February 8-14 2021
Even more efficient nanobodies
Although vaccines against SARS-CoV-2 do exist, they cannot fully protect immunocompromised patients for example. Other prophylaxes or therapeutics need to be developed for high-risk patients. Therapeutic neutralizing antibodies may provide an alternative. However, they are complicated and costly to produce. In addition, these “conventional” antibodies may, in certain cases, facilitate infection as previously described for SARS-CoV-2. However, their substitution by nanobodies could provide an additional solution.
Nano-antibodies or nanobodies are small antibodies derived from the antibodies of camelids (notably lamas) possessing a simplified architecture (see the 28 December-3 January 2021 letter at News-COVID-19.info). They are monomeric (composed of a single molecule) and can bind to an antigen. Their size means they can reach targets inaccessible to classic therapeutic antibodies. They also have the advantage of being simpler to produce (in bacteria), more stable, and therefore less costly.
How do these nanobodies act? A large number of antibodies bind with the RBD domain of the spike (S) surface viral protein, preventing attachment of the S protein to the ACE2 cellular receptor and so blocking the entry of the viral particle into the cell. The RBD (Receptor Binding Domain) domain is the region of bonding to the ACE2 receptor. The S protein is homotrimeric (an assemblage of 3 S proteins) and possesses a certain flexibility enabling it to exist in 2 conformations: a “closed” conformation that makes the cell receptor link site inaccessible, and an “open” conformation, that can trigger the viral and cellular membrane fusion mechanism for entry of the virus into the cell (see the 18-24 january 2021 letter at news-COVID-19.info).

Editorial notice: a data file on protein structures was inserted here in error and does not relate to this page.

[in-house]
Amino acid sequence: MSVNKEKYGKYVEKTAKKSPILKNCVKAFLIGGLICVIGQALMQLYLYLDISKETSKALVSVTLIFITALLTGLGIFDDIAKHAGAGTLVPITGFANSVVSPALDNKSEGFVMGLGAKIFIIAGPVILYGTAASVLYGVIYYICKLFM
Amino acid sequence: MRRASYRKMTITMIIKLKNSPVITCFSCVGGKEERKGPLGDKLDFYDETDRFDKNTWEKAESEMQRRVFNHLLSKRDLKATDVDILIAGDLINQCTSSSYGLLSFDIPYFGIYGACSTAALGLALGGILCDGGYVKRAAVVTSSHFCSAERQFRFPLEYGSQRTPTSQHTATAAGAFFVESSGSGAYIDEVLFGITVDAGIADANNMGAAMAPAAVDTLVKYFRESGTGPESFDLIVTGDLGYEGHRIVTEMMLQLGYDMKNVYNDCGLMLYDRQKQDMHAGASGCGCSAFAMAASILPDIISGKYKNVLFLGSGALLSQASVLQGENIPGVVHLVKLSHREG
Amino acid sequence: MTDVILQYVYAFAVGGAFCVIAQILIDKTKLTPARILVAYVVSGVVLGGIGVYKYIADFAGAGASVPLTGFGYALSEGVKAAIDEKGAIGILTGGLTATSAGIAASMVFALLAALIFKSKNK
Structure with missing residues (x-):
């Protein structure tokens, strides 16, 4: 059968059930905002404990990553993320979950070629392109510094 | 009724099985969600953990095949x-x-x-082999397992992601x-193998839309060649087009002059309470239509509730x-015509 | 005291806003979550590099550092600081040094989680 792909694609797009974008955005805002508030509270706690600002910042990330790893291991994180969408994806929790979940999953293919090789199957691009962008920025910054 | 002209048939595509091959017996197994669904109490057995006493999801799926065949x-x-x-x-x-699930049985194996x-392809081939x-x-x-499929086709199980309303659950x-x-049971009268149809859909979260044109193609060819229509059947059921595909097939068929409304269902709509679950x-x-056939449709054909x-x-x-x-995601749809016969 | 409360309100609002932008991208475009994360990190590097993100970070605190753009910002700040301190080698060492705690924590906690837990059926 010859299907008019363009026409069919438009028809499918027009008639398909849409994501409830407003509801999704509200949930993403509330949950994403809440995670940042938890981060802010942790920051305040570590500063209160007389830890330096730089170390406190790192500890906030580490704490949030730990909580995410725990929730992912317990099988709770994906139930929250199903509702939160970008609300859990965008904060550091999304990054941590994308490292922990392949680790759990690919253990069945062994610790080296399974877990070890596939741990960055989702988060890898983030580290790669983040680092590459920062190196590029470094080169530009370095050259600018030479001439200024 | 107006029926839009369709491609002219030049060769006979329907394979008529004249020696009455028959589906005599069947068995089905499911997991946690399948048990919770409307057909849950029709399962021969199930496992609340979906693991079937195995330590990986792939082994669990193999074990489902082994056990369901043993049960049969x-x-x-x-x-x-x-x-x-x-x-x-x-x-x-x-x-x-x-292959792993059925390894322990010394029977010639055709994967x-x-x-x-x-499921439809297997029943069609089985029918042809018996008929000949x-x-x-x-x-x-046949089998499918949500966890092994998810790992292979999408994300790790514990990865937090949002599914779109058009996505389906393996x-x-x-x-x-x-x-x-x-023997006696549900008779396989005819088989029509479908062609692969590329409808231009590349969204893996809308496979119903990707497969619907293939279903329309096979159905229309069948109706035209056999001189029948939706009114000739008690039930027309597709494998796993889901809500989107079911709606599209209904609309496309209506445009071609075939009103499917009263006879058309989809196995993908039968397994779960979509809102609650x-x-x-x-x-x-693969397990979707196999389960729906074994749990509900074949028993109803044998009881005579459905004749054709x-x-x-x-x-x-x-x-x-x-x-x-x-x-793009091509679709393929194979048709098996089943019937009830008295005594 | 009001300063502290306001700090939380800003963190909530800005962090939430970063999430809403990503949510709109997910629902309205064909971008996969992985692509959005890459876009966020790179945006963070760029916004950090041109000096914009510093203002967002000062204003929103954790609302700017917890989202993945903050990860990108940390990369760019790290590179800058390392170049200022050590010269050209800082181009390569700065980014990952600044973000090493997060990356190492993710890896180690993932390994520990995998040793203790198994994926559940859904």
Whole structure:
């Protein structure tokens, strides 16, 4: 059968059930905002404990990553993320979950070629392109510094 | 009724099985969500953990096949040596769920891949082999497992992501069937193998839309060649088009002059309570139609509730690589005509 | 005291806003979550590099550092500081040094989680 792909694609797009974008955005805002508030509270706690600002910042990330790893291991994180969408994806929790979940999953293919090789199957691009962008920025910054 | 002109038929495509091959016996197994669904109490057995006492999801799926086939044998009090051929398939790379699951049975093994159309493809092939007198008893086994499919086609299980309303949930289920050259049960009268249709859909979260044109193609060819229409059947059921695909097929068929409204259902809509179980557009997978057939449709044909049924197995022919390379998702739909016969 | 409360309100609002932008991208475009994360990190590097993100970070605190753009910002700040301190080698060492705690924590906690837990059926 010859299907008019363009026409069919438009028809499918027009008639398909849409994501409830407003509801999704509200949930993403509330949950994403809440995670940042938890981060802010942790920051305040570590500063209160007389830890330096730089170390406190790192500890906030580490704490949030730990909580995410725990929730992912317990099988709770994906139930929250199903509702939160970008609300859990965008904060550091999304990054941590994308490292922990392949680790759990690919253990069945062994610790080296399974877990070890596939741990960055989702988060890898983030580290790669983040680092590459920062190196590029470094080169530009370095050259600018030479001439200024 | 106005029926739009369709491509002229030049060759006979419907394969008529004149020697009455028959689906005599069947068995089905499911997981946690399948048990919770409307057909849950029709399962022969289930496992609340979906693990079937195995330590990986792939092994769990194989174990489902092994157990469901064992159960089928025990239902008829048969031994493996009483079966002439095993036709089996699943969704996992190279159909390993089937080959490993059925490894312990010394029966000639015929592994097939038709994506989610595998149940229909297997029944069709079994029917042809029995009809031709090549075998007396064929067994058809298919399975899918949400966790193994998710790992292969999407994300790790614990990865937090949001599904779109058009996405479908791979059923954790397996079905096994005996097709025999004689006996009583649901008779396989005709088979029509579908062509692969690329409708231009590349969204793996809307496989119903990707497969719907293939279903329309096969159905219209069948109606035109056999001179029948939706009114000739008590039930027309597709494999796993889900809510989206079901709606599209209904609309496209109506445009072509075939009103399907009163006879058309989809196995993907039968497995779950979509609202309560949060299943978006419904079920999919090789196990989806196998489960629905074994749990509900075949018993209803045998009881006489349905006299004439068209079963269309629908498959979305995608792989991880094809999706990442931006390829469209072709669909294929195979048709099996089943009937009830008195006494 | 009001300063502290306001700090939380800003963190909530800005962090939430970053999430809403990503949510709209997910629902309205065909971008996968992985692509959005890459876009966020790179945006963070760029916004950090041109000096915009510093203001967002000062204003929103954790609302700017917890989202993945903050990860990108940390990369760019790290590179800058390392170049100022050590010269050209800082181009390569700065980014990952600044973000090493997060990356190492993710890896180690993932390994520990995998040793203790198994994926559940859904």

A study carried out by German and American researchers has enabled the identification of 4 nanobodies capable of fixing themselves to this domain, using alpaca immunization. These nanobodies target 2 epitopes, distinct from RBD, determined using imaging techniques such as X-ray crystallography or cryo-electron microscopy. The scientists were curious as to whether these 4 nanobodies could have a synergic effect. They therefore studied a combination of 2 nanobodies and observed that if this combination contained 2 nanobodies targeting the same epitope, there was no synergic effect. However, if the 2 nanobodies targeted 2 different epitopes, the neutralization of the virus was twice as effective.
The researchers then experimented with different constructions of multivalent nanobodies (assembly of several nanobodies). They developed 2 types and observed that they were a hundred times more efficient as compared to single nanobodies. Certain multivalent nanobodies, fusing two identical nanobodies, targeted the RBD domain and prevented its binding with the ACE2 cellular receptor and thus the entry of the virus into the cell. Other biparatopical nanobodies (resulting from the fusion of 2 nanobodies each targeting a single epitope of the same antigen) recognized a post-fusion conformation of the S protein, without triggering the membrane-fusion mechanism. In addition, use of these biparatopical nanobodies delays the selection of viral variants resistant to this treatment.
For all of these reasons, these nanobodies may constitute an effective alternative treatment against SARS-CoV-2.